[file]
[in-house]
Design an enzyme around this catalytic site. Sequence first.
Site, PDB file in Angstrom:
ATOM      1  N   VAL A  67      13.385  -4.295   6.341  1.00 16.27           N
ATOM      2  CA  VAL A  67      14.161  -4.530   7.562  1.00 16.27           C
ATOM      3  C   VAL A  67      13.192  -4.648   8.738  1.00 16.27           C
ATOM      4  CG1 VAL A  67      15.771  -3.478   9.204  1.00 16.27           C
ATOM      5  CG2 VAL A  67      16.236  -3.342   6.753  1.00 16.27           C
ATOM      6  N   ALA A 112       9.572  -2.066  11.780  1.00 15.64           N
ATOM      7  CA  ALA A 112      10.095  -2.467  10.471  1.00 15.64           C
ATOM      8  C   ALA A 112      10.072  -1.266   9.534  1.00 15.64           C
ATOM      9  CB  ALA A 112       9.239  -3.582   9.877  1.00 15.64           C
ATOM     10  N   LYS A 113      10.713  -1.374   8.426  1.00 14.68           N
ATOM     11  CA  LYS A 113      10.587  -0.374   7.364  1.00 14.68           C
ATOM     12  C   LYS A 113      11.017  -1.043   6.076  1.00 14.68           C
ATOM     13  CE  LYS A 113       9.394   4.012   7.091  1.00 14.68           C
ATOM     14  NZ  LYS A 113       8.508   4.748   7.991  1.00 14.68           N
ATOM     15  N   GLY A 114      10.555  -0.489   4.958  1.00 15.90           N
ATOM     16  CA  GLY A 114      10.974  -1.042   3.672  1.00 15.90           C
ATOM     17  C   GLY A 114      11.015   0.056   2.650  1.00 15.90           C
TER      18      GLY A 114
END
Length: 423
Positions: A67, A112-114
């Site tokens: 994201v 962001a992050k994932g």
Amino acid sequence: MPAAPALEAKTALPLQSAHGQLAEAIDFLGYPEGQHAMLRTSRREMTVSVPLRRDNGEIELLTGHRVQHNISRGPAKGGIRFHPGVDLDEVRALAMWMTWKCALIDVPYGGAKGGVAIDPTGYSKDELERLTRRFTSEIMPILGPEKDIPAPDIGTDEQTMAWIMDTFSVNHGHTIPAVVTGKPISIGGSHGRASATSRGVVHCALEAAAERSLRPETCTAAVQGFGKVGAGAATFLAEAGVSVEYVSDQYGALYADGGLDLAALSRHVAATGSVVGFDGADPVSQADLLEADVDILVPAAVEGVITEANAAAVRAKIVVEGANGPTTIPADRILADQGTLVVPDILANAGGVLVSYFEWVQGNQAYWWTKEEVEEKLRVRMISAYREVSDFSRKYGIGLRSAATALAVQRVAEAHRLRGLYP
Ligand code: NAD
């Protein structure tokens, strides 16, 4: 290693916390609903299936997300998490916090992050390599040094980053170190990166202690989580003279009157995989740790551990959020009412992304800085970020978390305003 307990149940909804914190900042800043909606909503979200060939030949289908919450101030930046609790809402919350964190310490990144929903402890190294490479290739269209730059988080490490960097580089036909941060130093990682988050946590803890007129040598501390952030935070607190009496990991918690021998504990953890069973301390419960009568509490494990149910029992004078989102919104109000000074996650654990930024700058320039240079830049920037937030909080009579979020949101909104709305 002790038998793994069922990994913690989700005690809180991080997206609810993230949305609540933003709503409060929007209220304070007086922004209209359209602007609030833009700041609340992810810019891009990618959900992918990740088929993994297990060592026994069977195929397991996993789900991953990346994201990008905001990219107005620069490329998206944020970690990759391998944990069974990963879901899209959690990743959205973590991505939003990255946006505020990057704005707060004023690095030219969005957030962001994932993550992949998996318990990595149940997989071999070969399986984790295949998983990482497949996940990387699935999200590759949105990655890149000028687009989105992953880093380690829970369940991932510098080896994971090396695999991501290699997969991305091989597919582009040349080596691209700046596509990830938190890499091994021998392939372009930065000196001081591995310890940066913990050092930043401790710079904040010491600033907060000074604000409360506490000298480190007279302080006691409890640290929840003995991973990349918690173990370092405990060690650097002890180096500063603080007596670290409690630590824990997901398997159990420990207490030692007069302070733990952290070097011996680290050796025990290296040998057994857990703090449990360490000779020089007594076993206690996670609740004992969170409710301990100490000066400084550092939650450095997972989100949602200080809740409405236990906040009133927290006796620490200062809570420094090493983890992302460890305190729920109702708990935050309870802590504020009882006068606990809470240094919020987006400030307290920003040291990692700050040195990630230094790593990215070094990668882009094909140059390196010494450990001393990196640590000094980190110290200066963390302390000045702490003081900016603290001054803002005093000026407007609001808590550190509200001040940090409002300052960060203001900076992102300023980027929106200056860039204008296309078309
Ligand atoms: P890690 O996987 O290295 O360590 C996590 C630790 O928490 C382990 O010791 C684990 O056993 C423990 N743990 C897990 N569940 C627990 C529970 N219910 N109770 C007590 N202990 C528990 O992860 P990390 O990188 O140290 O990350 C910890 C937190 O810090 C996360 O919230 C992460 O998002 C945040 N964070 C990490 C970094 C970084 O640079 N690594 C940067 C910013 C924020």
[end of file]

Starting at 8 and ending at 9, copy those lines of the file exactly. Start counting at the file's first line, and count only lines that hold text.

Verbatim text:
ATOM      5  CG2 VAL A  67      16.236  -3.342   6.753  1.00 16.27           C
ATOM      6  N   ALA A 112       9.572  -2.066  11.780  1.00 15.64           N